Growing up in Central Trinidad, Divali has been an active part of my life from childhood, in spite of my Roman Catholic upbringing. Moving to a predominantly Hindu school only helped encourage the fascination I always had with this special holiday.
I liked it. As a child and now as an adult, the concept of celebrating light over darkness always appealed to me.
I think about the drives I used to take with my parents to look at houses light up. Areas previously unimportant or uninteresting suddenly mattered because of the beauty of light that the holiday brought.
I think about the cane field behind my home where the boys in the neighborhood would go to buss bamboo. The sound never instilled fear for me, the association was never made with anything bad like gunshots. It was a sound of celebration and fun times.
Only later on in life did I begin to associate Divali with National Curry Day, after the magic of light overcoming darkness wore off, after the innocent child was replaced with a somewhat cynical adult. But as I sit in this airport terminal waiting to board my flight back home to Trinidad, I feel hopeful. Inexplicably hopeful and excited about this day, this celebration of light.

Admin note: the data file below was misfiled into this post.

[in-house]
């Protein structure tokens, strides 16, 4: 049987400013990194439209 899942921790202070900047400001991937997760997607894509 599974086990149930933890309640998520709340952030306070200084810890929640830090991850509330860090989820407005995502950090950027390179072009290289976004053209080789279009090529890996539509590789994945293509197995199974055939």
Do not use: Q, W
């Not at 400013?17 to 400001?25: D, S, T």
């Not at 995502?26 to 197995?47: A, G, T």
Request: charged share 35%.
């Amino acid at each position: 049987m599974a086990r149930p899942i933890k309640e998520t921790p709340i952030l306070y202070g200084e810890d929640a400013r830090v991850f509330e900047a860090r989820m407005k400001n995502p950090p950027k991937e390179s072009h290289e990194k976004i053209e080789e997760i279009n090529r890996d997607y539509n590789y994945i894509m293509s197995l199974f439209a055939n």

I’m not sure why, and I won’t spend too much time trying to figure it out, but I feel reconnected with my younger self and her way of viewing things. The excitement popularly synonymous would Christmas pulses through me for this day. I’d like to think that it’s more than excitement for the curry I asked my dad to get for me. I think it’s something deeper than that. And I invite everyone to think about this day for a bit, regardless of religious background, beliefs, lives. I think the concept of Divali is so simple yet universal that it can reach everyone where they are and resonate.
What darkness would you like your light to conquer today?